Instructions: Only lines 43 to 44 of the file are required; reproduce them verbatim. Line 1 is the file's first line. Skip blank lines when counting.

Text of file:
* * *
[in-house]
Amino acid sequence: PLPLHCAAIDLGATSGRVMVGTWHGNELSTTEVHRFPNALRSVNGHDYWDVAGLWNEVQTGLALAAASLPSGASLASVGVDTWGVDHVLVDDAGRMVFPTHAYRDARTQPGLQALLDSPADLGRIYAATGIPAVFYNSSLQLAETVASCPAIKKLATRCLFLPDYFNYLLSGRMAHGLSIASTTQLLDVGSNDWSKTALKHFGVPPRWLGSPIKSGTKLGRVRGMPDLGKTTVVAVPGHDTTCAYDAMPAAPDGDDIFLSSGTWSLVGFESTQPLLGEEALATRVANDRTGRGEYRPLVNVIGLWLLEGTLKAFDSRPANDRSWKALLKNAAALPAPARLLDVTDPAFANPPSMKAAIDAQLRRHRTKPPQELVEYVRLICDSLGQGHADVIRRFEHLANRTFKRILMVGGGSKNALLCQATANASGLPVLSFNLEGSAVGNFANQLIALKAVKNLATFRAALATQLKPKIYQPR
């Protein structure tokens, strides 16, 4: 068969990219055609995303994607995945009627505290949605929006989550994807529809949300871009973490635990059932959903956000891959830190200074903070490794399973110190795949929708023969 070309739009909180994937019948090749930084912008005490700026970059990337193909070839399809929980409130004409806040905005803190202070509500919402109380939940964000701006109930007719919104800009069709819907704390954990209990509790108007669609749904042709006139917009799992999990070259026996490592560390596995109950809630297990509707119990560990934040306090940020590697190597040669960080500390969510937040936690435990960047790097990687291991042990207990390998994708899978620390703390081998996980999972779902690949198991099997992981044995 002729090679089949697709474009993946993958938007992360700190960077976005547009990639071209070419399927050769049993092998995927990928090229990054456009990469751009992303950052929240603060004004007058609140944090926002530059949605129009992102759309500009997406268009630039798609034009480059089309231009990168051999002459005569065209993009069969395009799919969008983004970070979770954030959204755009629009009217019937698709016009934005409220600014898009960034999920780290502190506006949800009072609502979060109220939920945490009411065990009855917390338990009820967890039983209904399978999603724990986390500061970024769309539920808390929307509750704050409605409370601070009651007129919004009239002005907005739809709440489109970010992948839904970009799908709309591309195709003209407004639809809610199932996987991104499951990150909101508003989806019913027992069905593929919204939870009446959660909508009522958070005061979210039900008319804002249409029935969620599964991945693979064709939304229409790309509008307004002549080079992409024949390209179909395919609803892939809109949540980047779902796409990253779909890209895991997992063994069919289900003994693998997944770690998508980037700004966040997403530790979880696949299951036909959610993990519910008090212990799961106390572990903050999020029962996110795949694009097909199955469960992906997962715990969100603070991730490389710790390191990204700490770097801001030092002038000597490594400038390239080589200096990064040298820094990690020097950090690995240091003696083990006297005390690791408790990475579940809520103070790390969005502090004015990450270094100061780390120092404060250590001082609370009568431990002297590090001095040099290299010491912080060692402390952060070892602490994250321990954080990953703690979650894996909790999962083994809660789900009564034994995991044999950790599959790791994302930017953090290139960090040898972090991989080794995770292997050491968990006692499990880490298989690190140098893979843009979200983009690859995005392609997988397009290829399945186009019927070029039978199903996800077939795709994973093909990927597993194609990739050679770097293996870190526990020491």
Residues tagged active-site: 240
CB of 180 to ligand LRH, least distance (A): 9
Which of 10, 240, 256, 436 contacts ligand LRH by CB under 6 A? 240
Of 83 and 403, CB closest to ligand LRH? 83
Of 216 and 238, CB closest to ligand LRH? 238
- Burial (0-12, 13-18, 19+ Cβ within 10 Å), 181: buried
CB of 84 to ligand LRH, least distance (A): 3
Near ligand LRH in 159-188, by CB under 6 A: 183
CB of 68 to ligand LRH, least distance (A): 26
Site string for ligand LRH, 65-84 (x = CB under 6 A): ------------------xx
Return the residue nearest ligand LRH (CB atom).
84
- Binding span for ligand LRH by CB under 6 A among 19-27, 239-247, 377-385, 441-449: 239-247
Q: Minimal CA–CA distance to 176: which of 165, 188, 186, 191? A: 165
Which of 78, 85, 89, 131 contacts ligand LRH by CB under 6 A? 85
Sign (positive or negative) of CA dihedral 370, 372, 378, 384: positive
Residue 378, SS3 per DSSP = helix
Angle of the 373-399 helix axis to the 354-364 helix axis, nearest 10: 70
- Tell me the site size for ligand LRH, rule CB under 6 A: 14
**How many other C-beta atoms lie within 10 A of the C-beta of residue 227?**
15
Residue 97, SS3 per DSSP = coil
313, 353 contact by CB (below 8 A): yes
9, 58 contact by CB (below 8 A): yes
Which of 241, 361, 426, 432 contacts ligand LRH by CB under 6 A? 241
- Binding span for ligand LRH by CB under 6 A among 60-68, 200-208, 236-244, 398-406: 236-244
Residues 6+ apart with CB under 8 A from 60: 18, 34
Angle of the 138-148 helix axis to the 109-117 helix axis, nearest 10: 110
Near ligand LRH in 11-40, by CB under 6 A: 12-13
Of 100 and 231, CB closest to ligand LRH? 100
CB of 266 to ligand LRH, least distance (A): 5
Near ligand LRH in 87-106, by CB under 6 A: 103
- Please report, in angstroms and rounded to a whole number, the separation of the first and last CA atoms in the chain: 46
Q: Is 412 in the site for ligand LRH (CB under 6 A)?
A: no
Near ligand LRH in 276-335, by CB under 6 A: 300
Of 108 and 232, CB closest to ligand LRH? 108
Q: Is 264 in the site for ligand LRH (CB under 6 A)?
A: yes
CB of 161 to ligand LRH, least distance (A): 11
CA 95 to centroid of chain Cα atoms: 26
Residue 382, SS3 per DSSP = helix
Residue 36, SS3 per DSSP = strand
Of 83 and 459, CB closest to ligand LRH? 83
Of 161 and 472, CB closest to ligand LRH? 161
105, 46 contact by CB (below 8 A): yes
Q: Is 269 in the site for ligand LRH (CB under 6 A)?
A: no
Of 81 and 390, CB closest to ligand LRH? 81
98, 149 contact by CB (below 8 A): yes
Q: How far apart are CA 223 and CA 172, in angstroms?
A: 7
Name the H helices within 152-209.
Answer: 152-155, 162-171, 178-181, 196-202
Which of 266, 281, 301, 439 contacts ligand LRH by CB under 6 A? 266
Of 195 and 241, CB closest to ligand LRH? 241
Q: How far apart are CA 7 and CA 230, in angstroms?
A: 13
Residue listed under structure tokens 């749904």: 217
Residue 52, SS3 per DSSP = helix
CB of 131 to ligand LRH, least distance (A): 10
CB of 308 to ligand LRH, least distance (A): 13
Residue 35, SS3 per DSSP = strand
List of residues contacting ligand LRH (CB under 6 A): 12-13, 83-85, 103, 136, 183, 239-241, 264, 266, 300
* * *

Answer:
CB of 161 to ligand LRH, least distance (A): 11
CA 95 to centroid of chain Cα atoms: 26